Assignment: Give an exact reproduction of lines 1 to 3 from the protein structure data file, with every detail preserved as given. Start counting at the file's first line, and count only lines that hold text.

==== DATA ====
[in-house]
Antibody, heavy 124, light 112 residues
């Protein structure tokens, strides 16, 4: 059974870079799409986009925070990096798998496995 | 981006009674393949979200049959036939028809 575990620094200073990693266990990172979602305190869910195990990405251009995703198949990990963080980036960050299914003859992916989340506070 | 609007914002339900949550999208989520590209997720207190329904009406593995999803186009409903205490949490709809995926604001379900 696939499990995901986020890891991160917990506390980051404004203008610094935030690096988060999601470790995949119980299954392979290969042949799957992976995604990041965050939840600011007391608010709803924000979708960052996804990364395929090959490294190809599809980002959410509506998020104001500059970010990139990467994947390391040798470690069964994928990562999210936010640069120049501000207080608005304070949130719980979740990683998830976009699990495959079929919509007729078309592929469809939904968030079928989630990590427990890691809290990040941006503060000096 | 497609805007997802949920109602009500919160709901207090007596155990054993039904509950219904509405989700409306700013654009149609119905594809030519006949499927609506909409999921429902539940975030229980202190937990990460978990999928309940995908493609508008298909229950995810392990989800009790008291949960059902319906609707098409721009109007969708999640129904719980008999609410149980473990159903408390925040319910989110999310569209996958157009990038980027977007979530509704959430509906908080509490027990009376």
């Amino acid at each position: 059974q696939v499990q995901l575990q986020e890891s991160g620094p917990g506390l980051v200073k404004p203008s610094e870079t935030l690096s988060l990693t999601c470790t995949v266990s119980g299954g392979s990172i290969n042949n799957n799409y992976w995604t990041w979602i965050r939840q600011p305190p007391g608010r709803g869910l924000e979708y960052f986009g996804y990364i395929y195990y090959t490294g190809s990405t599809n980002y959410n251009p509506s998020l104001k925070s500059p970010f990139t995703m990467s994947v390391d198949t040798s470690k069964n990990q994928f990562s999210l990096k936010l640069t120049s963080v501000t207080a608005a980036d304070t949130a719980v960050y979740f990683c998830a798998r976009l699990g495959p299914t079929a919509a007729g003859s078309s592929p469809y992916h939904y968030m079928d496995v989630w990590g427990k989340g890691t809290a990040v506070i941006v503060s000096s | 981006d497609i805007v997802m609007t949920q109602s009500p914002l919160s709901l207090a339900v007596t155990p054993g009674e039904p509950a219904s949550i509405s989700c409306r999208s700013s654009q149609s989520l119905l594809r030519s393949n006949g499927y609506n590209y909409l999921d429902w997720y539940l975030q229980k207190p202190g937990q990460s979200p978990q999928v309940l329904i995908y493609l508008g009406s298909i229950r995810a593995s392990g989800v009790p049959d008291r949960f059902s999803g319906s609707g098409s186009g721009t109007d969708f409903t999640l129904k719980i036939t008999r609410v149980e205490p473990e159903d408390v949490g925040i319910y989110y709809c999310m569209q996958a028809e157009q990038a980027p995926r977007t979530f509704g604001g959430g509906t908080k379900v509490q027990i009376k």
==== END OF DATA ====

[in-house]
Antibody, heavy 124, light 112 residues
């Protein structure tokens, strides 16, 4: 059974870079799409986009925070990096798998496995 | 981006009674393949979200049959036939028809 575990620094200073990693266990990172979602305190869910195990990405251009995703198949990990963080980036960050299914003859992916989340506070 | 609007914002339900949550999208989520590209997720207190329904009406593995999803186009409903205490949490709809995926604001379900 696939499990995901986020890891991160917990506390980051404004203008610094935030690096988060999601470790995949119980299954392979290969042949799957992976995604990041965050939840600011007391608010709803924000979708960052996804990364395929090959490294190809599809980002959410509506998020104001500059970010990139990467994947390391040798470690069964994928990562999210936010640069120049501000207080608005304070949130719980979740990683998830976009699990495959079929919509007729078309592929469809939904968030079928989630990590427990890691809290990040941006503060000096 | 497609805007997802949920109602009500919160709901207090007596155990054993039904509950219904509405989700409306700013654009149609119905594809030519006949499927609506909409999921429902539940975030229980202190937990990460978990999928309940995908493609508008298909229950995810392990989800009790008291949960059902319906609707098409721009109007969708999640129904719980008999609410149980473990159903408390925040319910989110999310569209996958157009990038980027977007979530509704959430509906908080509490027990009376």